Metaverse: What it is & how it will work


Gifted One
Staff member
Apr 16, 2021
Perched on a rock in Canada
The term "metaverse" is the latest buzzword to capture the tech industry's imagination — so much so that one of the best-known internet platforms is rebranding to signal its embrace of the futuristic idea.

Facebook CEO Mark Zuckerberg's Thursday announcement that he's changing his company's name to Meta Platforms Inc., or Meta for short, might be the biggest thing to happen to the metaverse since science fiction writer Neal Stephenson coined the term for his 1992 novel "Snow Crash."

But Zuckerberg and his team are hardly the only tech visionaries with ideas on how the metaverse, which will employ a mix of virtual reality and other technologies, should take shape. And some who've been thinking about it for a while have concerns about a new world tied to a social media giant that could get access to even more personal data and is accused of failing to stop the proliferation of dangerous misinformation and other online harms that exacerbate real-world problems.

What is the metaverse?

Think of it as the internet brought to life, or at least rendered in 3D. Zuckerberg has described it as a "virtual environment" you can go inside of — instead of just looking at on a screen. Essentially, it's a world of endless, interconnected virtual communities where people can meet, work and play, using virtual reality headsets, augmented reality glasses, smartphone apps or other devices.

It also will incorporate other aspects of online life such as shopping and social media, according to Victoria Petrock, an analyst who follows emerging technologies.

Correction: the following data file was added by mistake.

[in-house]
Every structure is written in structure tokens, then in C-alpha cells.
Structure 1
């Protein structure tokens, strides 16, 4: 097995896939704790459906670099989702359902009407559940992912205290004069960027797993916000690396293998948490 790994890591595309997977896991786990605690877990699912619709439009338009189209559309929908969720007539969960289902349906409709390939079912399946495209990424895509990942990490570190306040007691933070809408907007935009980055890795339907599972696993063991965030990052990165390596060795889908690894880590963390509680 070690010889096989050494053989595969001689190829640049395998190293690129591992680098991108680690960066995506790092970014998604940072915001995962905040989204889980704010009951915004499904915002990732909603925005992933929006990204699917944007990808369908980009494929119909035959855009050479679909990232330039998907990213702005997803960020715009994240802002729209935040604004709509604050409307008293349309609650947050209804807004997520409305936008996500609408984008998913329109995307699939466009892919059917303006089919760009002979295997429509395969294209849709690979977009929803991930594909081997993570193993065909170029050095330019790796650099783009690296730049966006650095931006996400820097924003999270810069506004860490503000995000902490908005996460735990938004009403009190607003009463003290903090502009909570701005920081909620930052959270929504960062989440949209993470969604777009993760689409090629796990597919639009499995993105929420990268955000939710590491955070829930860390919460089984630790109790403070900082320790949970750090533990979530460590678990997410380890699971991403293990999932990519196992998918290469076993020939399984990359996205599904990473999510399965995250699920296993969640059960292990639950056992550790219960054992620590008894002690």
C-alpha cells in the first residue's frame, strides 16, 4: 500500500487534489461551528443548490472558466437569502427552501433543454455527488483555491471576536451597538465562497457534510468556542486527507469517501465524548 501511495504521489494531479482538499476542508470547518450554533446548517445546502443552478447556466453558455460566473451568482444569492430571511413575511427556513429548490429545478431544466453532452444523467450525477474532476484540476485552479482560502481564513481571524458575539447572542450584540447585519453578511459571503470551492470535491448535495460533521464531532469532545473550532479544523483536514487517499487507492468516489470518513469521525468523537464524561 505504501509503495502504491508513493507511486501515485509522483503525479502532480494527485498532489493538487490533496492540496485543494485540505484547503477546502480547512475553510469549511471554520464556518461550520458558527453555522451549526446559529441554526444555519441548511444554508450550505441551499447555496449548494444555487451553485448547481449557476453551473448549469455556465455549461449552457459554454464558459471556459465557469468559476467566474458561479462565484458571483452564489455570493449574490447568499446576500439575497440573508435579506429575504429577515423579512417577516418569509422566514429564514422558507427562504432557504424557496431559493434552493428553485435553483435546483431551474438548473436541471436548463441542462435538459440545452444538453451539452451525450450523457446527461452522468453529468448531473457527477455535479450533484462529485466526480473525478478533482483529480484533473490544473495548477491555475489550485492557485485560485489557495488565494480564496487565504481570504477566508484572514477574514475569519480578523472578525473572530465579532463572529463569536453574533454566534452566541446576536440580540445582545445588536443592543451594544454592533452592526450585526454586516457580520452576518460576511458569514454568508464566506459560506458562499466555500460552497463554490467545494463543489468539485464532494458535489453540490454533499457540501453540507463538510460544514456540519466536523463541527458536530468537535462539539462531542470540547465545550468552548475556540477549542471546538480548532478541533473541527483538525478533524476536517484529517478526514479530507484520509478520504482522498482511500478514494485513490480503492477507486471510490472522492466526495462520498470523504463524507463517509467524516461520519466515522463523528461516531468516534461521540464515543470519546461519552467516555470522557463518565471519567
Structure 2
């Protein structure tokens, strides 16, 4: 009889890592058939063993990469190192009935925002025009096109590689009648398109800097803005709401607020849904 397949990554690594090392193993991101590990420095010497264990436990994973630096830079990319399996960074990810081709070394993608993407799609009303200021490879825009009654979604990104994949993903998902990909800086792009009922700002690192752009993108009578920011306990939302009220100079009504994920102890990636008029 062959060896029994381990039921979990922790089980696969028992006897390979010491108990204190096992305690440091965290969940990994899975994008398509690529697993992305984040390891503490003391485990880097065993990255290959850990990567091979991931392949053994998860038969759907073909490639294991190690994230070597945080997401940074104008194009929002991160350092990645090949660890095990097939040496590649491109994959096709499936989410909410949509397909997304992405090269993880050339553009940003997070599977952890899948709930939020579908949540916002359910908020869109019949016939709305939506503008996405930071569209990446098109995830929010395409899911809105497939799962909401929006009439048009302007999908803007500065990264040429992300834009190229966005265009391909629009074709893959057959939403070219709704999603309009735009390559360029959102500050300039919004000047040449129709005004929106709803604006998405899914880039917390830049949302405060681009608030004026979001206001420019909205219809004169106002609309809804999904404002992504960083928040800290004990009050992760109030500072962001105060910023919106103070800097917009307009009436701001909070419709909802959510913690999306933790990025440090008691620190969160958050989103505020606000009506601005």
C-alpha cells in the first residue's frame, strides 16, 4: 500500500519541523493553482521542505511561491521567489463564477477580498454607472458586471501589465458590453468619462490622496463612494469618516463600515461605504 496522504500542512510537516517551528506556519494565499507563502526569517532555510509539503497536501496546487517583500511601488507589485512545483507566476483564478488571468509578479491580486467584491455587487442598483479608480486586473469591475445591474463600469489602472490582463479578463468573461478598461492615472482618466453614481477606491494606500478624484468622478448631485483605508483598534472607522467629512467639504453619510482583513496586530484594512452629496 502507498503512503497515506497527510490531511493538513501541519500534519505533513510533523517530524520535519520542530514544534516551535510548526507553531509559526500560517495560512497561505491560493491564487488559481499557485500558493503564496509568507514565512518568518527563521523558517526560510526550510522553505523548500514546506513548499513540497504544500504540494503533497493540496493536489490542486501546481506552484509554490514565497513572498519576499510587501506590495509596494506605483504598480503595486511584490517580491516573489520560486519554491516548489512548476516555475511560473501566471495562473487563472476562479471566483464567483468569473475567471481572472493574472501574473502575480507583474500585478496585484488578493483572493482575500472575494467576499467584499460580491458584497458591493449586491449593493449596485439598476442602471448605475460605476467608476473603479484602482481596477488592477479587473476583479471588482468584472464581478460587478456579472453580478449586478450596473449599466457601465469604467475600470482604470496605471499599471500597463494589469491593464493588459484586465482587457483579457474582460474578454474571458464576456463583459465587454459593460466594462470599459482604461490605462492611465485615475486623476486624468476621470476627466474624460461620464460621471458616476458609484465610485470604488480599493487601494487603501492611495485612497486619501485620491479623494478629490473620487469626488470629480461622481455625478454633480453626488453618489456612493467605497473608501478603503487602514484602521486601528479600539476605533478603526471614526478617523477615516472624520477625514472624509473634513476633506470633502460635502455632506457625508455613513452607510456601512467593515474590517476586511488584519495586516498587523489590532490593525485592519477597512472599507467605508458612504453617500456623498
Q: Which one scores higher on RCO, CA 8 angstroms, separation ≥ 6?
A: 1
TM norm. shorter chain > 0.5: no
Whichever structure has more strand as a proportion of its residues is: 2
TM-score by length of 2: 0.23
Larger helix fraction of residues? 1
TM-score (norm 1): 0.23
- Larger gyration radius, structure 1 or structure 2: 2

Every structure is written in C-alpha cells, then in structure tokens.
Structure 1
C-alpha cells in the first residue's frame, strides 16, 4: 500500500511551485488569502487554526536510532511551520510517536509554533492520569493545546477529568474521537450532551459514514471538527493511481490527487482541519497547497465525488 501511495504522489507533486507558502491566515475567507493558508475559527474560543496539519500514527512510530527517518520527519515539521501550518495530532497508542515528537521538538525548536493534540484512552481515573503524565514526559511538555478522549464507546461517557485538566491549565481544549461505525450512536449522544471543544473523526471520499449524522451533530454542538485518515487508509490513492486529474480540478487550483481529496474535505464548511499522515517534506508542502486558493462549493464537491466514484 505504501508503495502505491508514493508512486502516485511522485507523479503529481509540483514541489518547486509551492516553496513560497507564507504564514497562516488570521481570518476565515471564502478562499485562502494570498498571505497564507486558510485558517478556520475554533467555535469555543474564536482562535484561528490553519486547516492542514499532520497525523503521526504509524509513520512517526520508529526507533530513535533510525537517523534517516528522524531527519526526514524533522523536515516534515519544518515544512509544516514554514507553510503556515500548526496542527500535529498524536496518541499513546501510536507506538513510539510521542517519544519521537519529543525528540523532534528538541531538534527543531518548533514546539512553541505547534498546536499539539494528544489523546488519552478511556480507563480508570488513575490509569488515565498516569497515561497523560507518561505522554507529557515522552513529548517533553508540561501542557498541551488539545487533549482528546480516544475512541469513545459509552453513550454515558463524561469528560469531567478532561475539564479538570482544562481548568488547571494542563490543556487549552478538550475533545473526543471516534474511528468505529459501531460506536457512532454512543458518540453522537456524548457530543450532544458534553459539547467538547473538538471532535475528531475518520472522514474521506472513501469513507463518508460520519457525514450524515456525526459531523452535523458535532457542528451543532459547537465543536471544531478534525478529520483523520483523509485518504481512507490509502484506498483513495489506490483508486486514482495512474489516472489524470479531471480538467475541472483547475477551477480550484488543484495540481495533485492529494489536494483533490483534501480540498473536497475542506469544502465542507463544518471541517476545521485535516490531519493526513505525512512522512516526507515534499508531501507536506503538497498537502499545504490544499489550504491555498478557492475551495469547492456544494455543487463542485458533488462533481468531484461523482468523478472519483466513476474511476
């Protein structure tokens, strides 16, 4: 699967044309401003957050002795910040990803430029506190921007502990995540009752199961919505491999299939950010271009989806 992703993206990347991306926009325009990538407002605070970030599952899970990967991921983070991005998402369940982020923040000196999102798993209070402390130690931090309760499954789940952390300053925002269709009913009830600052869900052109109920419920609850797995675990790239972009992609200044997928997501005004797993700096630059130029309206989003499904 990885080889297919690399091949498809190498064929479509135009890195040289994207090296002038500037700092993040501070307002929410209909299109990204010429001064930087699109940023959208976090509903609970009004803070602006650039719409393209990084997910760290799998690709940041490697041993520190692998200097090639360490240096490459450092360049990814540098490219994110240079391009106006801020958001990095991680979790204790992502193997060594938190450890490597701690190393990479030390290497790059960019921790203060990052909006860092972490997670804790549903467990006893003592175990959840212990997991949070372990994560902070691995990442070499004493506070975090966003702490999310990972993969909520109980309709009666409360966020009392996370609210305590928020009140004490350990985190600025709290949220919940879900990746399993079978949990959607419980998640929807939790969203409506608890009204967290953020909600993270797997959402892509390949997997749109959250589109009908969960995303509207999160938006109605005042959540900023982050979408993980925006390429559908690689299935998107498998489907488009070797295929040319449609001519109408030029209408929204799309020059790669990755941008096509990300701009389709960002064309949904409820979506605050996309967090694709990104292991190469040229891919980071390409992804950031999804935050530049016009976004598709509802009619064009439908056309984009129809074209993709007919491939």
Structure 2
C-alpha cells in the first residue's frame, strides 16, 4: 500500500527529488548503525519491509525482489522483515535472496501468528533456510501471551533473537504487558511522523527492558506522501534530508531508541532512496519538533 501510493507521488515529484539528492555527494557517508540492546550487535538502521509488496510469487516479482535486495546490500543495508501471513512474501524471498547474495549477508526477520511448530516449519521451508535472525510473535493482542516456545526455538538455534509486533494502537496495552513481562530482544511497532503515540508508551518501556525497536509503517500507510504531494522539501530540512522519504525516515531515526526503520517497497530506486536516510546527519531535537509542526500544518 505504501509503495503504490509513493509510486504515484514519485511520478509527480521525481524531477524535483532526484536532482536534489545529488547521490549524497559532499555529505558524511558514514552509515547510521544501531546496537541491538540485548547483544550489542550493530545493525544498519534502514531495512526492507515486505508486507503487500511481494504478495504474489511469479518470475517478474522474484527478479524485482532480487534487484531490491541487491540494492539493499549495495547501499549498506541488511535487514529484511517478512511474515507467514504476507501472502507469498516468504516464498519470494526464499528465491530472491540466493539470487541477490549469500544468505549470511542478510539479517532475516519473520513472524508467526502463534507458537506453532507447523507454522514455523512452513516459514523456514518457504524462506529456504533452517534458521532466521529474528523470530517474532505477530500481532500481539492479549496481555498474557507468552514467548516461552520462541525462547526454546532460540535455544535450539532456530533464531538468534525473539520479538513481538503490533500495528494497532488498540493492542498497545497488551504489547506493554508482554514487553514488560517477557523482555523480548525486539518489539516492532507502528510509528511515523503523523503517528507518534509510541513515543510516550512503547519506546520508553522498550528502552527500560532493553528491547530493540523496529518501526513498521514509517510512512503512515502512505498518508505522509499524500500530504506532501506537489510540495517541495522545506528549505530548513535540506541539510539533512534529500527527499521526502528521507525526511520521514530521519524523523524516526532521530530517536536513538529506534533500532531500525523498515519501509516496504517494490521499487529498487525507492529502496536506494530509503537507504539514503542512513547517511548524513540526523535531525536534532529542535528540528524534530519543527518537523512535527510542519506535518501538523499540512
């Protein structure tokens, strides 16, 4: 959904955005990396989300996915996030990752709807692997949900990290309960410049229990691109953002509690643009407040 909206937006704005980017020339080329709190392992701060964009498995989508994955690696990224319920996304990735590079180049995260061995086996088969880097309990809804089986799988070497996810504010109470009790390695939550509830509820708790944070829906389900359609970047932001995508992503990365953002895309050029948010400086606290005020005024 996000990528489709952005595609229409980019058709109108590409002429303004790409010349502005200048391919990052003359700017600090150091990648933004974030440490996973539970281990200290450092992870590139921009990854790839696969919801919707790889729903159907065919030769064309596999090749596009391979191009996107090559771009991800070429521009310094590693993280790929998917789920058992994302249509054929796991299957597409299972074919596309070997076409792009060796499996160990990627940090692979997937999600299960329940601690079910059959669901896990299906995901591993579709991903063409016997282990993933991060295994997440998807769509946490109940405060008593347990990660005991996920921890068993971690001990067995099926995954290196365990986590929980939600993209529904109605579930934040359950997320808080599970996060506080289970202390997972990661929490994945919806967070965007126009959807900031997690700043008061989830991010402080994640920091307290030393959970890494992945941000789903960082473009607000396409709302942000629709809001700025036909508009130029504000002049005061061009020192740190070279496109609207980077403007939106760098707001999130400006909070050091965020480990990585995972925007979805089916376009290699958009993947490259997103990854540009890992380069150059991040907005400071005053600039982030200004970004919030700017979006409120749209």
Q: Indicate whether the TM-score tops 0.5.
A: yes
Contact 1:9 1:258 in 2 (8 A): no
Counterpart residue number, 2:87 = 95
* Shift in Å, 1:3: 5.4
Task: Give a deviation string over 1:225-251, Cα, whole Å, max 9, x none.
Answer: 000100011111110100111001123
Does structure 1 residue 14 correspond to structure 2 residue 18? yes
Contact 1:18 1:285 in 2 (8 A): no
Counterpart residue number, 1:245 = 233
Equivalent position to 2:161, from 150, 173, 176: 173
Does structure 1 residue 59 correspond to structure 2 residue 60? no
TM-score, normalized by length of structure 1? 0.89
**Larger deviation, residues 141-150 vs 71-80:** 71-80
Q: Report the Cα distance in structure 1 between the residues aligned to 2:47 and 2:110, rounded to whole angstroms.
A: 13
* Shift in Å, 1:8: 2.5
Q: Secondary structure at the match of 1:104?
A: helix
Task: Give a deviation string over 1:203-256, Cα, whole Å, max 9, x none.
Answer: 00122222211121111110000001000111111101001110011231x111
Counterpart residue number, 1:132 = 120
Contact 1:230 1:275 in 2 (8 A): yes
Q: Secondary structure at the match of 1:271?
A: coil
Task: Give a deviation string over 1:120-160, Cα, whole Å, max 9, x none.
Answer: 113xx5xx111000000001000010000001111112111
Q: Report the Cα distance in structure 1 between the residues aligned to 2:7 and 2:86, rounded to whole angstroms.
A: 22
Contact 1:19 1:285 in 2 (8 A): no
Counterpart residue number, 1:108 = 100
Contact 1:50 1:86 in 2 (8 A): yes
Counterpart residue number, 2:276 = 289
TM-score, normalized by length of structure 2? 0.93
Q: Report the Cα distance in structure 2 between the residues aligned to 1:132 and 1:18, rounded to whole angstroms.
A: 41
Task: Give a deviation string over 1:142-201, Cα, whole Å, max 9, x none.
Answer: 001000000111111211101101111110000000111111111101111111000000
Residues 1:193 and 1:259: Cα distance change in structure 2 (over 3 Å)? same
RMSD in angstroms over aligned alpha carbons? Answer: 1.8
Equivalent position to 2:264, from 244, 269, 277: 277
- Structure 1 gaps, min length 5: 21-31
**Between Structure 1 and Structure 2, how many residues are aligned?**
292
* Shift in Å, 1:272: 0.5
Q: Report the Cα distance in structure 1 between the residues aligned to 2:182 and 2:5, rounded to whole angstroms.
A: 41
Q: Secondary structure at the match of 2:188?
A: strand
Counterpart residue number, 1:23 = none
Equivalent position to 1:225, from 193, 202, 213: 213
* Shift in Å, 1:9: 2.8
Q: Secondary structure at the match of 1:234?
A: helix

"It's the next evolution of connectivity where all of those things start to come together in a seamless, doppelganger universe, so you're living your virtual life the same way you're living your physical life," she said.

What will I be able to do in the metaverse?

Things like go to a virtual concert, take a trip online, view or create artwork and try on or buy digital clothing.

The metaverse also could be a game-changer for the work-from-home shift amid the coronavirus pandemic. Instead of seeing co-workers on a video call grid, employees could join them in a virtual office.

Facebook has launched meeting software for companies, called Horizon Workrooms, to use with its Oculus VR headsets, though early reviews have not been great. The headsets cost $300 or more, putting the metaverse's most cutting-edge experiences out of reach for many.

For those who can afford it, users would be able, through their avatars, to flit between virtual worlds created by different companies.

"A lot of the metaverse experience is going to be around being able to teleport from one experience to another," Zuckerberg says.

Tech companies still have to figure out how to connect their online platforms to each other. Making it work will require competing technology platforms to agree on a set of standards, so there aren't "people in the Facebook metaverse and other people in the Microsoft metaverse," Petrock said.

Is Facebook going all in on the metaverse?

Zuckerberg is going big on what he sees as the next generation of the internet because he thinks it's going to be a big part of the digital economy.

Critics wonder if the potential pivot could be an effort to distract from the company's crises, including antitrust crackdowns, testimony by whistleblowing former employees and concerns about its handling of misinformation.

Former employee Frances Haugen has accused Facebook's platforms of harming children and inciting political violence after copying internal research documents and turning them over to the U.S. Securities and Exchange Commission.

They also were provided to a group of media outlets, including The Associated Press, which reported numerous stories about how Facebook prioritized profits over safety and hid its own research from investors and the public.